Thirty-five of the 100 subjects attending the medical outpatient department had acid regurgitation and acidic taste sensation in the mouth. This occurs most of the time following a full stomach meal and is associated with belching. Table 1 shows the prevalence of GOR and GORD. Eleven reported a history of heartburn 2 or more times per week, while 16 and 10 reported weekly and monthly history of heartburn respectively. Comparison of subjects presenting with heartburn 2 or more times per week (M = 5, F = 6) and those with less than 2 times per week (M = 12, F = 14) shows that more female presented with heartburn. However, there was no statistical difference among the genders with regard to the symptoms recorded. None of these subjects presented with any burning sensation in the mouth or sensitivity in the tongue. In five of those that reported 2 or more weekly history of heartburn, there were minimal losses of tooth structure (TWI scores of 1 and 2 in three and in two subjects respectively) limited to the maxillary central incisors (Table 2).

Table 1. Prevalence of GOR and symptoms of GORD

Table 2. Prevalence of dental erosion

One hundred and twenty five patients were diagnosed with GORD. Twenty presented with dental erosion in the maxillary anterior teeth with TWI scores ranging from 1–3. The prevalence of erosion was found to be statistically significant between GORD patients (16%) and controls (5%) (Mantel Haenszel Chi-square 5.50, p < 0.05), Table 2. The result of the gastrointestinal endoscopy reported 41(32.8%) as having reflux oesophagitis, 36 (28.8%) with duodenal ulcer and 48 (38.4%) with gastric ulcer. Eight patients with dental erosion came from the group who had reflux oesophagitis, 7 from the group with duodenal ulcer and 5 from the group with gastric ulcer. Comparison of patients with oesophagitis and those without shows that the mean age of patients with oesophagitis was lower than in those without. The prevalence of erosion was not statistically significant between the endoscopic diagnostic groups (chi-square = 1.33, df = 2, p = 0.51), Table 3.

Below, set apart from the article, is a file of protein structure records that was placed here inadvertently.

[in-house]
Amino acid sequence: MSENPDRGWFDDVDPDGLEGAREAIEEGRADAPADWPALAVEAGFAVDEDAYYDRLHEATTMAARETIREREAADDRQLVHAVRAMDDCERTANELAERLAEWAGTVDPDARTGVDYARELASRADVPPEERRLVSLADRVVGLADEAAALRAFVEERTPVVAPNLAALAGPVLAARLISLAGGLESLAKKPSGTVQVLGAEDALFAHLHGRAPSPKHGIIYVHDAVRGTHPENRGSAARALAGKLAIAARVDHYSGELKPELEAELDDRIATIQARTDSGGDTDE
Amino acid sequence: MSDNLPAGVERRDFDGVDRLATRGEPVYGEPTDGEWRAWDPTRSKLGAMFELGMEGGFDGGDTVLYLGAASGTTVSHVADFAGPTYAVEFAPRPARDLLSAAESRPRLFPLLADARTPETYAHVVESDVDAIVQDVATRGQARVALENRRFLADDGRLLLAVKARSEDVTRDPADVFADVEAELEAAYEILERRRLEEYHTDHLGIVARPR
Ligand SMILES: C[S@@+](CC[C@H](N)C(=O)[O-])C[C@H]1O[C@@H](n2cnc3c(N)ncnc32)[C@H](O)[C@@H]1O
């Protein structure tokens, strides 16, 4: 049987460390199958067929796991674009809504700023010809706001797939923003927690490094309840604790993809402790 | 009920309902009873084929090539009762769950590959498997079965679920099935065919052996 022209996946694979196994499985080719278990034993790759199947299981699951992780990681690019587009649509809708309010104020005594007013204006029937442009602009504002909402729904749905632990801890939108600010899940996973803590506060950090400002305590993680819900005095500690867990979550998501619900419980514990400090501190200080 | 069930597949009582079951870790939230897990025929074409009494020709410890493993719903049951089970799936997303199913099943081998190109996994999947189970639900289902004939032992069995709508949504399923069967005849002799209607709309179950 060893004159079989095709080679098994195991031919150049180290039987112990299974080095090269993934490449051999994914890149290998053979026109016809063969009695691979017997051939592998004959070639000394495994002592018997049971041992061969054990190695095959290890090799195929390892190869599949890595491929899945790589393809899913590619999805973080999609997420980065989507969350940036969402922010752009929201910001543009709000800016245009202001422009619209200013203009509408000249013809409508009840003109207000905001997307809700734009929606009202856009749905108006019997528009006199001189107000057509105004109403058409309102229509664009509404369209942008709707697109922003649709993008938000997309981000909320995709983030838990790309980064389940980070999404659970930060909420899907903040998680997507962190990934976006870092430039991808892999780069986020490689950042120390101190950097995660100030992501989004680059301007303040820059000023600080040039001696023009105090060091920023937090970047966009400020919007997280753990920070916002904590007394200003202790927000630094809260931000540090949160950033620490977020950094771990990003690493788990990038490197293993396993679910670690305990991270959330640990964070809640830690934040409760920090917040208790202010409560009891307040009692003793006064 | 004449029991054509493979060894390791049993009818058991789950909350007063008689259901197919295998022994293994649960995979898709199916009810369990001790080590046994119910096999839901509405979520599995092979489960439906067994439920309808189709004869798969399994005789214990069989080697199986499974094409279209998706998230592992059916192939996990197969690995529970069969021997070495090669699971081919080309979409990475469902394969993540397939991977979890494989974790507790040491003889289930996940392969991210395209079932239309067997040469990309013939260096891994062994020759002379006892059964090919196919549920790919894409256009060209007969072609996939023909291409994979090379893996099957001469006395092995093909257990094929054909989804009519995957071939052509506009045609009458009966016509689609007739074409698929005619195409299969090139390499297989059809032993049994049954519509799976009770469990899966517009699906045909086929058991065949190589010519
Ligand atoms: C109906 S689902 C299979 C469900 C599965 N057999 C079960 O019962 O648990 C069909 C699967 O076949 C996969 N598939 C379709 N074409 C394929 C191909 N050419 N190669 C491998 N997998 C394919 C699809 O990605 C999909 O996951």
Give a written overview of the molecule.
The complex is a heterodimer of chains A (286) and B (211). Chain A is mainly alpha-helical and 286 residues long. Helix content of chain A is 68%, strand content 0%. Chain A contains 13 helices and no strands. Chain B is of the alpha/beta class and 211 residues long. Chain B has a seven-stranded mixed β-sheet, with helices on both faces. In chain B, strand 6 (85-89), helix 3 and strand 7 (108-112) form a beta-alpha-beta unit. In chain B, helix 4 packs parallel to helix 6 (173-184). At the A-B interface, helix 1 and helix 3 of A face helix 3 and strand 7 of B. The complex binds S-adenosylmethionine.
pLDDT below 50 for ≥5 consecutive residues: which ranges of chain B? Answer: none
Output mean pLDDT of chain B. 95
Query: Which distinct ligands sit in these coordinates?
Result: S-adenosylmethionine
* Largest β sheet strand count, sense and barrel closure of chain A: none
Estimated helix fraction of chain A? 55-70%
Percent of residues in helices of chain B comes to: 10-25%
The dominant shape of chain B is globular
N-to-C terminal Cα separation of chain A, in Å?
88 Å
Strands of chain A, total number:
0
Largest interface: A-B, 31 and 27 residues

Table 3. Endoscopic diagnostic groups: basic data and number of patients withdental erosion

The details of the orodental findings in the twenty patients who had dental erosion are shown in Table 4. There seems to be a slight association between the duration of gastrointestinal symptoms and the severity of erosion. TWI scores of 3 were seen only in those patients whose abdominal symptoms had lasted 10 years or more. The palatal surfaces of the maxillary anterior teeth were usually involved but the central incisors were the most severely affected. Six patients (4 from reflux oesophagitis and 2 from duodenal ulcer) had dental erosion related symptoms in their teeth: sensitivity to cold and heat. The teeth that presented with dentine sensitivity had TWI scores of 3.